Against All Gods: The Age of Bronze: Book 1

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Against All Gods: The Age of Bronze: Book 1

Against All Gods: The Age of Bronze: Book 1

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His strength is definitely that his writing is much closer to historical fiction -- with the eye for real world historical details -- than most fantasy. It’s nothing like The Traitor Son Cycle, with its chivalric romance story, which makes it stand out even more. Still, the ruler of the gods likes his carnal pleasures, and fiendishly delights in pain to those who oppose him.

You can change your choices at any time by visiting Cookie preferences, as described in the Cookie notice. She reveals how everything humans think they know is a lie, and shares the secret that will save and condemn them all. The gods themselves are all colourful individuals and whilst, as the villains, you can never quite feel sympathetic to them, you do find yourself wanting to at least understand them better. They talked and behaved in very "modern" ways and I had difficulties at time reconciling their characters with the setting of a bronze-age world. Seldom will a reader have to work hard to imagine the ziggurats, high city walls, the divine counsel chambers of Sumerian/Assyrian literature, and it strikes me that any TV executive looking to replicate the success of Game of Thrones could do worse than look here.

Determined not to be mere pawns in a cosmic game of immortal gods, the rebels will decide to do the impossible: go up against all the gods and win! The author tries to hide key ideas through a mysterious plot where we don't always know who has the upper-hand among the gods and he doesn't want to throw everything in your face through heavy exposition; however, he doesn't balance it to the point where you understand the culture, the relationship with the gods, who the Dry Ones are, etc. Zos’ combination of charisma, world-weary skepticism, and bravado, made for a really dynamic character as well. Again, this doesn't necessarily bother me in some books, but here it just felt unnecessary and mean. It builds momentum as plot and counterplot emerge in this rich world of kingdoms, men, gods, and demons.

A vibrant and powerful epic set against an alternate Bronze Age, this tale of gods, men and monsters, conspiracy and war, is a rich, compelling and original read from a master of the historical and fantasy genres. Reading Christian (or, in this case, Miles) Cameron books always makes me want to read EVEN MORE Christian Cameron books. The prose that isn't like this is super basic and all characters talk exactly the same, making it hard for me to remember who was who.Sadly, with such a long "prologue" and quite a lot of chapters set in the domain of the gods there's not as much time for the interaction between the characters as I would have liked. However, the gods are not as secure as they would hope, and all it will take is one spark to ignite a deadly rebellion against them. Hefa-Asus, a mysterious smith who knows more than he lets on and seems to wait all of his life to fulfil his task in this plan and travels with his apprentice Nicte. There’s a real feel of the classic fantasy ensemble story, but with a fresh and engaging perspective on the genre which blends mythology, historical accuracy and a modern tone of voice. The gods feel the humans are beneath contempt, just playthings, but necessary to feed their existence, and the humans become equally contemptuous of the gods, due to the god’s oppressive treatment of their mortal subjects.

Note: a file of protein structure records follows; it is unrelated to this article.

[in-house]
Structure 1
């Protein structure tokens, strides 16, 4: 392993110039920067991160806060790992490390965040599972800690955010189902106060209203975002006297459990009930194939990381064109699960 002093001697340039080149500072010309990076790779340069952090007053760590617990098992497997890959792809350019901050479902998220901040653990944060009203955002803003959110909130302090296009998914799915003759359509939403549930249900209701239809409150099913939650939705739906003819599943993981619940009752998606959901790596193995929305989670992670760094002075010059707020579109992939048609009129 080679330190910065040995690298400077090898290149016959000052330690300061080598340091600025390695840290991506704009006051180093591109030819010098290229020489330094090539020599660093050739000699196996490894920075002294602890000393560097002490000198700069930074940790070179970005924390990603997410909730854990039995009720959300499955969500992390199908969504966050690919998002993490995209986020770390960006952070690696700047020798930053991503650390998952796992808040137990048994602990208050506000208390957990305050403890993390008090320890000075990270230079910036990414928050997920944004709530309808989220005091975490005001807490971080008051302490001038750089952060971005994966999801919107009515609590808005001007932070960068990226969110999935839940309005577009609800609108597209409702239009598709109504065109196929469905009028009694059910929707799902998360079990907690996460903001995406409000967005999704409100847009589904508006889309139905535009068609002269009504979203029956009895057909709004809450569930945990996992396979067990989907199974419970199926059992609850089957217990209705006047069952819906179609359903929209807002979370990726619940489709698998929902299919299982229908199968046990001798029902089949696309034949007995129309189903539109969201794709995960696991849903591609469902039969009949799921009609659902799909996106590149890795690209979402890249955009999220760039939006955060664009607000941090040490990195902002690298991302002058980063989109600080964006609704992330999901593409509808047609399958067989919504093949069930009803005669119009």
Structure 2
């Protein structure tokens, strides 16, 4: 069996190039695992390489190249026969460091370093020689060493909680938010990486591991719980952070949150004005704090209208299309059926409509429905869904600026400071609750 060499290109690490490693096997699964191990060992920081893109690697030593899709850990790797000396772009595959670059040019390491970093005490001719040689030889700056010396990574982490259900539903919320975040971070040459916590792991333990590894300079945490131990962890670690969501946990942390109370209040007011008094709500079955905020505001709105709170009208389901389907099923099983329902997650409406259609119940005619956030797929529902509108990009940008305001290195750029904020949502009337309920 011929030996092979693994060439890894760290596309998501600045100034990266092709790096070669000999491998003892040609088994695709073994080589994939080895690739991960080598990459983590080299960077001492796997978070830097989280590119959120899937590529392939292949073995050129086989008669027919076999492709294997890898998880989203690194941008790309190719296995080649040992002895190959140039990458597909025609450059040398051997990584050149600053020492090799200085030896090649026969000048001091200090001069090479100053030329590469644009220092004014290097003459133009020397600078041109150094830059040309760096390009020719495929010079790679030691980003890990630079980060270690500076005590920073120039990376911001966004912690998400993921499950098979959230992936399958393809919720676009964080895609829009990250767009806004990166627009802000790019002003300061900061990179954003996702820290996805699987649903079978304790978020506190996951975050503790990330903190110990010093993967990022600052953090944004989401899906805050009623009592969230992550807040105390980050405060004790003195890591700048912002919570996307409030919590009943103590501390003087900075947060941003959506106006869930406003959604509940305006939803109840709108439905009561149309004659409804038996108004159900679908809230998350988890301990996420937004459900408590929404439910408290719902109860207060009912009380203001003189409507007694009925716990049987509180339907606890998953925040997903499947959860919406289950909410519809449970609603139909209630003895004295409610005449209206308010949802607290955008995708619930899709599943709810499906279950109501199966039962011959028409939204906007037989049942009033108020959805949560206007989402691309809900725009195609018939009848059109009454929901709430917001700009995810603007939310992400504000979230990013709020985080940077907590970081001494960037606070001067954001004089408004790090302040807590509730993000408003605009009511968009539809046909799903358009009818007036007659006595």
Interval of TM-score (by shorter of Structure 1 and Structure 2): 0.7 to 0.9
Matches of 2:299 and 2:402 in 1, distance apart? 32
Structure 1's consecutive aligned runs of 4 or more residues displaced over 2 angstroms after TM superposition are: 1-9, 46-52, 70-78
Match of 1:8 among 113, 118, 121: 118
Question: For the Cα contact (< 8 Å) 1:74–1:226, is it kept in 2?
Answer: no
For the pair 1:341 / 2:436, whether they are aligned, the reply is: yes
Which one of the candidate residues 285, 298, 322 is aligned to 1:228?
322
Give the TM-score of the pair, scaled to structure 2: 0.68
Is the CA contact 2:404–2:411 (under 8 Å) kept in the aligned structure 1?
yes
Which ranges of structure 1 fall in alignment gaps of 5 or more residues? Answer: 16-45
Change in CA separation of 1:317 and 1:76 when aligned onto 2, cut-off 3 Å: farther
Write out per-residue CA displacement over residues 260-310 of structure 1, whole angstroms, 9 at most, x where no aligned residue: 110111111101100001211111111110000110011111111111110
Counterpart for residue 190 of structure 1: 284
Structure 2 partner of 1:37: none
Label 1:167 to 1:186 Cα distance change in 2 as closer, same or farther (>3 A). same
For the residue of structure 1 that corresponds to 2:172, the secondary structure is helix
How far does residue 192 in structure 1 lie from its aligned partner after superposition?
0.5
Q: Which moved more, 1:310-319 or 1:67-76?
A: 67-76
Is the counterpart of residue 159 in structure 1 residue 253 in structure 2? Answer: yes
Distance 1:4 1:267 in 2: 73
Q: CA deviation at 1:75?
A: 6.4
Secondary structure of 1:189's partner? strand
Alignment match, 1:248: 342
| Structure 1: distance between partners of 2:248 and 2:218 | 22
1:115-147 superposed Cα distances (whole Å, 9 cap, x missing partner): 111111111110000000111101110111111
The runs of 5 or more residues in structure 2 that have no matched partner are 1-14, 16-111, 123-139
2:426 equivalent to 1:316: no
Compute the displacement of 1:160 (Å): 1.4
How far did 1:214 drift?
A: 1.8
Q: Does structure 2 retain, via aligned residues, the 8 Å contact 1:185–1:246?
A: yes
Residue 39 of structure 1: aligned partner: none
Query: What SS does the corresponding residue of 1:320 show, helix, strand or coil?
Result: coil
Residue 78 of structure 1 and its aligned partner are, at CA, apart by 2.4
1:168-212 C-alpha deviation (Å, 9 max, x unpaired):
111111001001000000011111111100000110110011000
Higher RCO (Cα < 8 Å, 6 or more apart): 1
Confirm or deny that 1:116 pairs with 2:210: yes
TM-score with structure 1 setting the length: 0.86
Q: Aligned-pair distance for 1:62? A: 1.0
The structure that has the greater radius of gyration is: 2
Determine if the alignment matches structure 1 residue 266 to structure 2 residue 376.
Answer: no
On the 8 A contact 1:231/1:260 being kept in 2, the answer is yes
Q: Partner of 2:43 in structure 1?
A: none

He tries to pull from Mesopotamian, Greek, and Egyptian cultures, and I applaud him for it, it just wasn't always coherent and melded into a fully fleshed world. When the daughter of powerful magos and aristocrat, Gamash of Weshwesh, is killed by a malicious god, it sets off a chain of events that will change everything. Once this happens, and the humans open their eyes to how badly the gods behave, it seems war is unavoidable, because without mutual respect, neither party can value the lives of the other.Sometimes, within one person's point of view, you actually get the thoughts from another character in the same scene, so you don't know who is actually thinking what. Just when you think maybe someone has emerged that can fill that role, something happens that makes you question your assessment.

For example, the story opens with Author's Note that because novel is being set in a fantasy version of the Bronze Age there is no steel, no standardised measure system, it's barter economy, etc. I mean, the guy will bust out a brilliant heroic fantasy one year, release an outstanding space opera the next, and now he brings us a historical fantasy with mythology.It may seem disconnected and unnerving to begin with, but trust that all the threads weave together to create a revenge-worthy rebellion.



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